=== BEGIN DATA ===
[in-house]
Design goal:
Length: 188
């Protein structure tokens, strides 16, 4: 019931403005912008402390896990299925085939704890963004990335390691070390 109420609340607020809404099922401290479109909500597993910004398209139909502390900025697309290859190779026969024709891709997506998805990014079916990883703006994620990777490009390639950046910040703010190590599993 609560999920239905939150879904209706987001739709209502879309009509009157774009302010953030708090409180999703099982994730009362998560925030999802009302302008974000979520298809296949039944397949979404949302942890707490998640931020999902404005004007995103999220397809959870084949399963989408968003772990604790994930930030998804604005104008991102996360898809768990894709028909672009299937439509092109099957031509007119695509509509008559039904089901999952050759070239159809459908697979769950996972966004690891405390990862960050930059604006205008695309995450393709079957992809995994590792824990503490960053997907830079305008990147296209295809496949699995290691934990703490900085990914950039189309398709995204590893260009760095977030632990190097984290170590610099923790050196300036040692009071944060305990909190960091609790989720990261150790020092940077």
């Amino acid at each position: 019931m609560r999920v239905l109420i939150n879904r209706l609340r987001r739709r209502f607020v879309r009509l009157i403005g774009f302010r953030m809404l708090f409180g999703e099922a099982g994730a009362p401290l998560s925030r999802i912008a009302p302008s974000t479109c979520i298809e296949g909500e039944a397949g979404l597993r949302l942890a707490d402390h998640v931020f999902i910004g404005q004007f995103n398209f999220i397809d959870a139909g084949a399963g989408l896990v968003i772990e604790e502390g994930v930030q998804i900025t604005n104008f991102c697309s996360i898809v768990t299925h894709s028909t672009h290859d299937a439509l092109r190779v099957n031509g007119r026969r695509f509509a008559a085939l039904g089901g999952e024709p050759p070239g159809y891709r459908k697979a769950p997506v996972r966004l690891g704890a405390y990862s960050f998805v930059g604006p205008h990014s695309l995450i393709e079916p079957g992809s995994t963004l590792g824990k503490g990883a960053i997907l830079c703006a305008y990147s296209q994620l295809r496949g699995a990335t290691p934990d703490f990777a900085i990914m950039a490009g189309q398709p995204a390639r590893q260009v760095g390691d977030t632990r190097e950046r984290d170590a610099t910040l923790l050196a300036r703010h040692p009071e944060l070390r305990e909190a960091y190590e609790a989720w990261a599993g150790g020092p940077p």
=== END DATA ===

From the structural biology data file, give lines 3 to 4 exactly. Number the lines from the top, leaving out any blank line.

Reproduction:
Length: 188
């Protein structure tokens, strides 16, 4: 019931403005912008402390896990299925085939704890963004990335390691070390 109420609340607020809404099922401290479109909500597993910004398209139909502390900025697309290859190779026969024709891709997506998805990014079916990883703006994620990777490009390639950046910040703010190590599993 609560999920239905939150879904209706987001739709209502879309009509009157774009302010953030708090409180999703099982994730009362998560925030999802009302302008974000979520298809296949039944397949979404949302942890707490998640931020999902404005004007995103999220397809959870084949399963989408968003772990604790994930930030998804604005104008991102996360898809768990894709028909672009299937439509092109099957031509007119695509509509008559039904089901999952050759070239159809459908697979769950996972966004690891405390990862960050930059604006205008695309995450393709079957992809995994590792824990503490960053997907830079305008990147296209295809496949699995290691934990703490900085990914950039189309398709995204590893260009760095977030632990190097984290170590610099923790050196300036040692009071944060305990909190960091609790989720990261150790020092940077």